"He improved so much from his freshman to sophomore year, it's amazing," Fournier spoke of Beymer. "If you look at all of these guys, especially the sophomores, it's amazing how much they've improved. This kid didn't pitch that much for us at all, this year he was a major guy for us out of our bullpen, [and] a spot starter. Watching him mature was just truly impressive."
Though he was used primarily in a relief role, Beymer filled in as a spot starter for the Warriors as well, but often threw in long relief situations due to his durability. He was the second most utilized reliever out of the Warriors bullpen, having hurled 41 1-3 innings this season in successful fashion, with his 5-1 record, 2.18 ERA and 66 strikeouts on the year.
The 6-foot-3 Hopkinsville, Ky. native's development was recognized by the Kansas City Royals as well, as they selected Beymer with their 29th round selection (859th). Fournier noted that Beymer had received a phone call in the early rounds similarly to that of Tullar, but the two sides couldn't come to terms. The Royals were so high on Beymer that they selected him anyway later in the draft with anticipating of coming to terms on a deal this time around.
Beymer's committed to attend Campbell in the fall, thrusting another tough decision upon the right-handed pitcher.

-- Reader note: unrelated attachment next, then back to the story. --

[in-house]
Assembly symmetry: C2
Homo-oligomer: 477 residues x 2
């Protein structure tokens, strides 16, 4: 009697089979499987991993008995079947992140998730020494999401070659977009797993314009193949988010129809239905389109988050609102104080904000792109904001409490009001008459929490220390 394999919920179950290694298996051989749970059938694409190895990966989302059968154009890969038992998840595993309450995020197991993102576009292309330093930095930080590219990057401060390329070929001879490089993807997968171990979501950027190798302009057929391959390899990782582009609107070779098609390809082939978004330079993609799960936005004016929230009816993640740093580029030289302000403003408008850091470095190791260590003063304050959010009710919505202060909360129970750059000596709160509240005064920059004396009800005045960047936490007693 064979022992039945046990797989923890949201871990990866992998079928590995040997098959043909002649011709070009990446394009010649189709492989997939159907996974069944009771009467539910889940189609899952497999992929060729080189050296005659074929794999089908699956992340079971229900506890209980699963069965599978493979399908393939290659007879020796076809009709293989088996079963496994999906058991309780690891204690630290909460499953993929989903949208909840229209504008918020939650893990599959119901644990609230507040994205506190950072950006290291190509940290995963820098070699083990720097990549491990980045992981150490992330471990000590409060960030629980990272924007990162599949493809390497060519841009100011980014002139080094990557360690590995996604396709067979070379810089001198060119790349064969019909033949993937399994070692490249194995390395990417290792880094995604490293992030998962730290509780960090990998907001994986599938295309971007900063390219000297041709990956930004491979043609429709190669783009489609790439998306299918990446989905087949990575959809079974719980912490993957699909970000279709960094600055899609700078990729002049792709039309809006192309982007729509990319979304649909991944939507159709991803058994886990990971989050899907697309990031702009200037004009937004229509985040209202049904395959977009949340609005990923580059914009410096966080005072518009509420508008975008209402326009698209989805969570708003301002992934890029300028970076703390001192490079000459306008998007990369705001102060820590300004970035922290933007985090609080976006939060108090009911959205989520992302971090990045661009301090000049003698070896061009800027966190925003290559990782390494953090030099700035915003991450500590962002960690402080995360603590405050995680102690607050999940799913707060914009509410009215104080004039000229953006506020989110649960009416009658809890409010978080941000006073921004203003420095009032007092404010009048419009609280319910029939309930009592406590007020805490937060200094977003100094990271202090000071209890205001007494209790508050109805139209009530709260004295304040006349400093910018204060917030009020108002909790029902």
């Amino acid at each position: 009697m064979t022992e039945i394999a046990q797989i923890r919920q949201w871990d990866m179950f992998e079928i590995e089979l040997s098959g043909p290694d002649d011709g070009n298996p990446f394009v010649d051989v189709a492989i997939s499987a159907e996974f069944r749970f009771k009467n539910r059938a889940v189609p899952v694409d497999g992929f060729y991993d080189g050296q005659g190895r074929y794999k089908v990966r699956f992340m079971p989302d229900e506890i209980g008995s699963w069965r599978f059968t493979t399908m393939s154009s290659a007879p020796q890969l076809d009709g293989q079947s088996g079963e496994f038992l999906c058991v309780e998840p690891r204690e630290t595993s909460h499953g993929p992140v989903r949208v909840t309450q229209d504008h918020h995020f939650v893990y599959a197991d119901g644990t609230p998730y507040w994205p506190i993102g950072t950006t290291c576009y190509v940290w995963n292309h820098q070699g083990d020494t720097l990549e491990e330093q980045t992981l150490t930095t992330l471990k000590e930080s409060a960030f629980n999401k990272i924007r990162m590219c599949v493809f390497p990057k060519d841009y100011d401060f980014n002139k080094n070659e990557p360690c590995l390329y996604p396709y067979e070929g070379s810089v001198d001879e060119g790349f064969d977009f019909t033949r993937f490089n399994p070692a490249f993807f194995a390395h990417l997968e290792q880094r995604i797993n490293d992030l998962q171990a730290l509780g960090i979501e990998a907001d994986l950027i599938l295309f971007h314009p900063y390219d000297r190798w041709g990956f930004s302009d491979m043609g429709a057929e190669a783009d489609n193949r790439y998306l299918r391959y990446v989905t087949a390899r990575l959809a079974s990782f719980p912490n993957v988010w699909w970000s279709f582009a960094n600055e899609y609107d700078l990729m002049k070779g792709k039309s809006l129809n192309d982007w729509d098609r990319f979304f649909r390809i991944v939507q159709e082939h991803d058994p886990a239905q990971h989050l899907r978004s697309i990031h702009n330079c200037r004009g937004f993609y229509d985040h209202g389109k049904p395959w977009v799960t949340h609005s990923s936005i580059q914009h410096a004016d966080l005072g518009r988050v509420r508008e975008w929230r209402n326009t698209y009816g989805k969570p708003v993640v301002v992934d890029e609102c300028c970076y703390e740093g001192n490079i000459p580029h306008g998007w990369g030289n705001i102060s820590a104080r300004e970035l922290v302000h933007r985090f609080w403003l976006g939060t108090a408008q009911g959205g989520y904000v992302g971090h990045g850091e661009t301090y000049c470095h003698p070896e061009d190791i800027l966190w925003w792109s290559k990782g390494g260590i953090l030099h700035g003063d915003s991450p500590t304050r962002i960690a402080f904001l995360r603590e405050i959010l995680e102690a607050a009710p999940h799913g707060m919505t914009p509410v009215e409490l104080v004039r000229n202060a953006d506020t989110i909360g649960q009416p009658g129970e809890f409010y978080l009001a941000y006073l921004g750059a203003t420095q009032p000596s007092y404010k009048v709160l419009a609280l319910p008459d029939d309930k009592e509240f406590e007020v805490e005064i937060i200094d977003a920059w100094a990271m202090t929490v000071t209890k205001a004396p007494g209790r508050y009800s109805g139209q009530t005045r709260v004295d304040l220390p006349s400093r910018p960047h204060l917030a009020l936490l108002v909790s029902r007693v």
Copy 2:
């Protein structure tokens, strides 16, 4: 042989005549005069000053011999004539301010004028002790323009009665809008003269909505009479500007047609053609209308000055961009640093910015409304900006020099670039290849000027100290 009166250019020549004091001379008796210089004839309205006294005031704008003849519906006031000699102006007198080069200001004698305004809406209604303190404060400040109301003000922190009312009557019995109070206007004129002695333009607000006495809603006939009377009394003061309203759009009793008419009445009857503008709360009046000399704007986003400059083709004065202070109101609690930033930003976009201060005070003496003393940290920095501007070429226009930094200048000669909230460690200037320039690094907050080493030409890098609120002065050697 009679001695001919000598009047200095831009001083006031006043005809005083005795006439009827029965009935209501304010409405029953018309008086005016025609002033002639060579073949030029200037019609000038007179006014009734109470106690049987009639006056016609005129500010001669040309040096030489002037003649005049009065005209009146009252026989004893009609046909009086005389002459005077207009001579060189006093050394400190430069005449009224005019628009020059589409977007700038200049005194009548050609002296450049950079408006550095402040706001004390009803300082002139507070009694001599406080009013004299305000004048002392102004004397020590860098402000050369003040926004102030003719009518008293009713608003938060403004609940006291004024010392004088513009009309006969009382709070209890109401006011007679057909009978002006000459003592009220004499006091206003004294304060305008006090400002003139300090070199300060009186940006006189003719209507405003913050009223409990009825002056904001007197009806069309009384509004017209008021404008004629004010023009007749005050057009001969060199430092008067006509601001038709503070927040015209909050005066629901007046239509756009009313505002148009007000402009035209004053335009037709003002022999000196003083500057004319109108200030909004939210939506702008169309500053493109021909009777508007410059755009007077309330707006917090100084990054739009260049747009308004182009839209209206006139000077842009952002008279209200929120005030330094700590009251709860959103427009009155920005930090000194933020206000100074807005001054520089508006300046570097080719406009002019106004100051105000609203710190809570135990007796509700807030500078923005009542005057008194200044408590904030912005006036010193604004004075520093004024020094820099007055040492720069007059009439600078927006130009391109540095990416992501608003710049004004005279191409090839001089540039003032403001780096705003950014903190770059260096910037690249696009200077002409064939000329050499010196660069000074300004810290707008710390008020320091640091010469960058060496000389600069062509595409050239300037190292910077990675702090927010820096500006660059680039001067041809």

"I think he was called early on and wasn't ready to make the decision apparently," Fournier said. "So they stuck with him, they're obviously really, really high, invested and committed to him. They're going to try to chase him hard. He's a true talent, I think he's ready for professional baseball and I think he'd make a major impact for Campbell as well. He's going to have a tough decision to make."
One of the most intriguing Warriors as far as their pro potential was the last to go off the board -- sophomore center fielder Noah Myers.
Serving as the leadoff hitter for the Warriors this season, Myers made remarkable improvements this season and it showed in his stats and his performance on the diamond. The speedy Wyoming, Ontario native led the nation with 77 stolen bases and led the Warriors with 92 runs scored, while hitting to the tune of a .397 BA, with eight homers, 60 RBIs and a .482 OBP.
At the plate he displayed incredible patience, vying for the opposing pitcher to throw a pitch to hit and often working the count as a result. In center field Myers can cover a tremendous amount of ground quickly, making him an ideal center fielder.
"I don't even know where to start with Noah," Fournier spoke of Myers. "He meant everything to us in two years. He's one of the most special kids as far as his leadership on and off the field, his loyalty to the program, but watching improve as well was truly amazing. To watch him come from his freshman to sophomore year [it was amazing]. The thing that was impressive about it was that we think he's the most pro ready all-around player that we have."